Maria Moreno de Castro, modeler at Helmholtz-Zentrum Geesthacht (HZG), became a scientist because she likes to solve mysteries. Just like a detective, she tries to track uncertainties in scientific findings.
“Our daily life is full of uncertainties. In science it’s the same: There are many outcomes, any solutions, many responses that we are not certain and we don’t know. We have to deal with this uncertainty, we have to understand it and know the origins.”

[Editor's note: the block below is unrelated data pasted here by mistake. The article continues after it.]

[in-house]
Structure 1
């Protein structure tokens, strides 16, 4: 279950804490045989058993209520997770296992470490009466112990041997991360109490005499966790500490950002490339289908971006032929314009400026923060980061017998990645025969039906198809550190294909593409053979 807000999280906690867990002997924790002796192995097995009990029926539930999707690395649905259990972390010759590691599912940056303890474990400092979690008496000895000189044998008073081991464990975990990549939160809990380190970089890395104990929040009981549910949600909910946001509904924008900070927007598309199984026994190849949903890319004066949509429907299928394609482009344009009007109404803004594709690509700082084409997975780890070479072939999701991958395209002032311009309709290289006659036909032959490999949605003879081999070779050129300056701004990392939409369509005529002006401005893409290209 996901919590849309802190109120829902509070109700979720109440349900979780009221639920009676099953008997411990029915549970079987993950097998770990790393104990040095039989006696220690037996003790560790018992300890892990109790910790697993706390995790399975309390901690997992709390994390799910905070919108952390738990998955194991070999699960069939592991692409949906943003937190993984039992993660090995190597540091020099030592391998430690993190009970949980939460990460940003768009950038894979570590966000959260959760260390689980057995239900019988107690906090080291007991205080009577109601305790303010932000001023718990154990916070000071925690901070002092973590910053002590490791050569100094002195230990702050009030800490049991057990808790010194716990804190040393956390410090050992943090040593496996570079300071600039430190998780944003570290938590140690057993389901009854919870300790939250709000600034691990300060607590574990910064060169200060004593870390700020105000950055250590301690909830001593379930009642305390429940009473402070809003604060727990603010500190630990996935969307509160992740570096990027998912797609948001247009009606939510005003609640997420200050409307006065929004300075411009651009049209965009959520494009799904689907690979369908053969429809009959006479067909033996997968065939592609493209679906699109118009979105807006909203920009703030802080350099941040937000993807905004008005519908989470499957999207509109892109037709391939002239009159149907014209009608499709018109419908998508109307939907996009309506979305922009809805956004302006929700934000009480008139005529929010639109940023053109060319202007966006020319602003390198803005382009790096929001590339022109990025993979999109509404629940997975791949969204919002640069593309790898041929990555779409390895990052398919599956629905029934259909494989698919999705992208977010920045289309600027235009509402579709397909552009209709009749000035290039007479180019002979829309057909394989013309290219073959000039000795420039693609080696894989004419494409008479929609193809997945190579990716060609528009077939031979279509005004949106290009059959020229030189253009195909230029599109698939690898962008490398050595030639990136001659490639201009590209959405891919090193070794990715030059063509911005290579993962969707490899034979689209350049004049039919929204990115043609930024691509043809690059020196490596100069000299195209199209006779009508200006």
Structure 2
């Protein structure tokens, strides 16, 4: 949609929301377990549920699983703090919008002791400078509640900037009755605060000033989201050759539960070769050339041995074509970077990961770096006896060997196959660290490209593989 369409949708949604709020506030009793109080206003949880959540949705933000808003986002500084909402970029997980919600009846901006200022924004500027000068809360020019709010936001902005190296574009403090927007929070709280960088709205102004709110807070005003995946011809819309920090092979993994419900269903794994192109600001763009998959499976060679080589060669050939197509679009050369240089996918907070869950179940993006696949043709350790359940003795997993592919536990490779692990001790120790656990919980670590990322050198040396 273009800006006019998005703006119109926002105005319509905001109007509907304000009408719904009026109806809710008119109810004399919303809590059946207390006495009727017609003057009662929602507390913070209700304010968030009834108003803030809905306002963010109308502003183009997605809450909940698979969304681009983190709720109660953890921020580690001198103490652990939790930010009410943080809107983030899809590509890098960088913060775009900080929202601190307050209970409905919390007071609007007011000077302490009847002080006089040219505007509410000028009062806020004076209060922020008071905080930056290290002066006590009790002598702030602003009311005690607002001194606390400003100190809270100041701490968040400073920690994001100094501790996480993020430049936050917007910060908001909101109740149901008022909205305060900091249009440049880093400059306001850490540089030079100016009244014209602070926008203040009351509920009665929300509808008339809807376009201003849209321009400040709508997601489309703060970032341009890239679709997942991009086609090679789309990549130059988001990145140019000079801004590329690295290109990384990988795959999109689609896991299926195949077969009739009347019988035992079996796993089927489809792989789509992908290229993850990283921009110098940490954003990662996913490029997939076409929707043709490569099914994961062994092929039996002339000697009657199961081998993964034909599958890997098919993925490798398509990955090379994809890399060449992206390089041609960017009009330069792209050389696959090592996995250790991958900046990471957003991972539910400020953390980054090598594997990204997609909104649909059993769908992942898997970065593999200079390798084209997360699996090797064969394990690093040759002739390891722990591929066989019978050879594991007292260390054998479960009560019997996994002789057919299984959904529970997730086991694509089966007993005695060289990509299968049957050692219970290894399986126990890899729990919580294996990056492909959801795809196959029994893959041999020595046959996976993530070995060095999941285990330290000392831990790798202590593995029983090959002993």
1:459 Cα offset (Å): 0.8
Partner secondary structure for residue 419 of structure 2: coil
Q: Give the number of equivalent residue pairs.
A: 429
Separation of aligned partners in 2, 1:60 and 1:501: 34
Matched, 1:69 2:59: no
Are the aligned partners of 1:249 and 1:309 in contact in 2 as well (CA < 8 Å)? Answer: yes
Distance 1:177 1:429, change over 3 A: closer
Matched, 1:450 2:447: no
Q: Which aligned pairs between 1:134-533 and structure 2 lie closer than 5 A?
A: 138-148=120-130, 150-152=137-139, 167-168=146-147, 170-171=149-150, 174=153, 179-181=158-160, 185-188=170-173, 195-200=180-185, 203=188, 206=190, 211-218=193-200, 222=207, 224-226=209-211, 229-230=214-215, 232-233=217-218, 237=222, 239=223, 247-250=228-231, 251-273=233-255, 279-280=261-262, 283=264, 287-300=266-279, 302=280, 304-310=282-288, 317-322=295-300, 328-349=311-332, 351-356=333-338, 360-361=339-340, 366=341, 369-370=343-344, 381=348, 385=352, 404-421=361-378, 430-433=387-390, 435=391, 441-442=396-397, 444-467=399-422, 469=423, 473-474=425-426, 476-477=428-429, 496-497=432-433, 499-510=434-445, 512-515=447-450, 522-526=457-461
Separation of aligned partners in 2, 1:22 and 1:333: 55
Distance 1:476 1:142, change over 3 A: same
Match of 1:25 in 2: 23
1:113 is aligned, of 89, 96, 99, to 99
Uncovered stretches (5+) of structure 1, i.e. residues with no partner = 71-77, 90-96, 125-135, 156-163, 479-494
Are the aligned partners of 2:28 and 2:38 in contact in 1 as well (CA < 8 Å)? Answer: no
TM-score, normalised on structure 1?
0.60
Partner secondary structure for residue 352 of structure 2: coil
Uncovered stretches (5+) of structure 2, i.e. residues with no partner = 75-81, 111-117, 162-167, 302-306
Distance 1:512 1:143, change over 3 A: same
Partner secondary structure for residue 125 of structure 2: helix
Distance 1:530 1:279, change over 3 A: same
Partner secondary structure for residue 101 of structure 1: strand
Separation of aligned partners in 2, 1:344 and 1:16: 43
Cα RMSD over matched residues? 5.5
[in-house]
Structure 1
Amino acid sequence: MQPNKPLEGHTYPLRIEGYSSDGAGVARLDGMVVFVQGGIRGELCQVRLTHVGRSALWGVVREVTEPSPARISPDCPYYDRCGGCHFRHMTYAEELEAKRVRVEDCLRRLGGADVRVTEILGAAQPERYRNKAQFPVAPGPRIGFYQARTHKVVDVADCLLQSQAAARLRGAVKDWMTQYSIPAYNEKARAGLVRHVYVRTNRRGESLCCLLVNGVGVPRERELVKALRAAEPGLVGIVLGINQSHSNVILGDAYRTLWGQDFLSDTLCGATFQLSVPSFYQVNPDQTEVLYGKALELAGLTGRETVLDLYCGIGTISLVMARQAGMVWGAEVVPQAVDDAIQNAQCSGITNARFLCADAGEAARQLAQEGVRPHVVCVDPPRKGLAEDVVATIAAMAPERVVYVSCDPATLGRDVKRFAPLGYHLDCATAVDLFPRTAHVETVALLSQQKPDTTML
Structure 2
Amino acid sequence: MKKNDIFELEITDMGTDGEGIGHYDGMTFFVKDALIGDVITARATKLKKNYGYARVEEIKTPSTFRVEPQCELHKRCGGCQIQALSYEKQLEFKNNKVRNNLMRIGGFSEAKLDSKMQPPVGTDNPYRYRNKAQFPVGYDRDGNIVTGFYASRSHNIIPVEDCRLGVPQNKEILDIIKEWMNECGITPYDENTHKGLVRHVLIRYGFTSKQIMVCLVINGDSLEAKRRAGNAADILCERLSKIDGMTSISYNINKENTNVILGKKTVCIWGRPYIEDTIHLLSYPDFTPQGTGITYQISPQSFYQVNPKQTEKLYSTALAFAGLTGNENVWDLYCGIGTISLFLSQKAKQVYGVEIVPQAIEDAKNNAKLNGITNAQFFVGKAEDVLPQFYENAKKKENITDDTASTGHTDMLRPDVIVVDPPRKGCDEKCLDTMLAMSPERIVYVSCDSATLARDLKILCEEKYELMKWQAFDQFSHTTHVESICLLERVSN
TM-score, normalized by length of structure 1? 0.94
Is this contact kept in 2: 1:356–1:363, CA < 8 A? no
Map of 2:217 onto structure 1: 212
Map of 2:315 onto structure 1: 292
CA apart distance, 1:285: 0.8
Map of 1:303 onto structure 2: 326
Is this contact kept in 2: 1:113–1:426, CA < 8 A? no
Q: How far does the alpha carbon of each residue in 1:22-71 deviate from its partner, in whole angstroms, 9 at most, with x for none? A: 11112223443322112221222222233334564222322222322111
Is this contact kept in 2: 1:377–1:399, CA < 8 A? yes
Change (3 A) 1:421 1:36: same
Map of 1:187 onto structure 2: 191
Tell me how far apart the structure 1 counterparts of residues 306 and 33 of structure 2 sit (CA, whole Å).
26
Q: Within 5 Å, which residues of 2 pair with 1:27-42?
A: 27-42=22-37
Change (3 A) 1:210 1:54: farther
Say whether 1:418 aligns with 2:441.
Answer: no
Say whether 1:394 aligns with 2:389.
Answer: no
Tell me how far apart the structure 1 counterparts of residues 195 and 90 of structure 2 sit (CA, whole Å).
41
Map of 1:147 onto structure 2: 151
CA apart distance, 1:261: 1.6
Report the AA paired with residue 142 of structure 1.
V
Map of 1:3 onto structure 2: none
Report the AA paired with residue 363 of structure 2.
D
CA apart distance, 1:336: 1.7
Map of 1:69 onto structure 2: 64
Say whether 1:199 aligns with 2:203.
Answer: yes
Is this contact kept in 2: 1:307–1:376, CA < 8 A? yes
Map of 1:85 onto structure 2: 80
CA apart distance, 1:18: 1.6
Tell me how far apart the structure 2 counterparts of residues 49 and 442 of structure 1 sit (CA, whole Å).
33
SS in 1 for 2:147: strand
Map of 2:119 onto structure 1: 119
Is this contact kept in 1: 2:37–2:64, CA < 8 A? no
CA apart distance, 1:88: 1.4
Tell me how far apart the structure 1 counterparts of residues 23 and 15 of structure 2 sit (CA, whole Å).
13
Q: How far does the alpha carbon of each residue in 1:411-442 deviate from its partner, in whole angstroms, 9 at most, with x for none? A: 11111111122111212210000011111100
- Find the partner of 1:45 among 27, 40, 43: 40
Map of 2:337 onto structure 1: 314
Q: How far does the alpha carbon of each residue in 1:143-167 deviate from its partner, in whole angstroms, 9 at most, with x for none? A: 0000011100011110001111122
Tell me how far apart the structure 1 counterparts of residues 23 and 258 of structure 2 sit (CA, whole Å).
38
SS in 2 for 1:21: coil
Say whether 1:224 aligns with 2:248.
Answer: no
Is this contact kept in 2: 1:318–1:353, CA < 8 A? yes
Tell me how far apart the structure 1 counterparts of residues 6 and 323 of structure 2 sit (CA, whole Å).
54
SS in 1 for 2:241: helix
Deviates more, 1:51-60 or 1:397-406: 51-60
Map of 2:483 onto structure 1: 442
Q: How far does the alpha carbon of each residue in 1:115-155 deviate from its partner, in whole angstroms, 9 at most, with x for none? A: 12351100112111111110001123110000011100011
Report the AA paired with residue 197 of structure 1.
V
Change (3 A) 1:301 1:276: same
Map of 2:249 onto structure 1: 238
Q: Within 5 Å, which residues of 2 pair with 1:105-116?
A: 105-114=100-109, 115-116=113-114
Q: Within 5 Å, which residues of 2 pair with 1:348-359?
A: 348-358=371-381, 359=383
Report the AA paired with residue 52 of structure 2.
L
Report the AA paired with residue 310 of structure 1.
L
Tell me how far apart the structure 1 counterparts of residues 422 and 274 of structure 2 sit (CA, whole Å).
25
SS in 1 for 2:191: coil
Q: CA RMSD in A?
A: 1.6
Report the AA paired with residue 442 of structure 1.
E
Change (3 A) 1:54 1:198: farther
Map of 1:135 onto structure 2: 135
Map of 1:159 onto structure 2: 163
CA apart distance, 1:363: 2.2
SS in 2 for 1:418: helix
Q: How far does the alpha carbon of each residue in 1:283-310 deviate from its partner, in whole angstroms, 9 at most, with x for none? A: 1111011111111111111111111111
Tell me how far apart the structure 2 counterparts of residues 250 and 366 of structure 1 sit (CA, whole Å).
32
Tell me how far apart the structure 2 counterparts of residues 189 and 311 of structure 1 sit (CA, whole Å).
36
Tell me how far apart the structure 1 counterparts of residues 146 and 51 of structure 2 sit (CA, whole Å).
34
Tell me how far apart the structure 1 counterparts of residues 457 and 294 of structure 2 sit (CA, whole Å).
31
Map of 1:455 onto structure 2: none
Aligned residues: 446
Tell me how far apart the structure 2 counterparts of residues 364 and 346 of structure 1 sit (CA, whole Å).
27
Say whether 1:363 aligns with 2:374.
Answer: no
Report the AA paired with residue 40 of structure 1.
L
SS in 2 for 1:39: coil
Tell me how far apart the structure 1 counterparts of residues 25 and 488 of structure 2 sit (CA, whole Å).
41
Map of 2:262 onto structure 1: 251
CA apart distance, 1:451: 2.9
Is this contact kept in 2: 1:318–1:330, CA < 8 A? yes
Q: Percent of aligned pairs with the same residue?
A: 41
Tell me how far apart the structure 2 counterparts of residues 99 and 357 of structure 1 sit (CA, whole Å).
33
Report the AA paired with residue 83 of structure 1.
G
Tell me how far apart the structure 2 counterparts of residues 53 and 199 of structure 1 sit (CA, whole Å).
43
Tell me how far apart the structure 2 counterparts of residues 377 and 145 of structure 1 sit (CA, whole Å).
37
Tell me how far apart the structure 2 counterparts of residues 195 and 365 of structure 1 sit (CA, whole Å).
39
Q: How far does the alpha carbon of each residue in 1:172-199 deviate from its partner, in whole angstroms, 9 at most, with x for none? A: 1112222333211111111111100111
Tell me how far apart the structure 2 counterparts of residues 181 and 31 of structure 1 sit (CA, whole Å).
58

Maria Moreno used model calculations to get a grip on these uncertainties. By using mathematical approaches, she calculates thresholds below which variabilities will not escalate and mask the effect an experiment tries to explore. “Particularly in ecology of ocean acidification the answer is not black or white. Always there will be a grey area”, the young scientist explains. “This is also important when we communicate to policy makers, because it is really not possible.to give just a value to the effect of ocean acidification, but possible scenarios with their probabilities. This is highly difficult, and the best we can do from science.”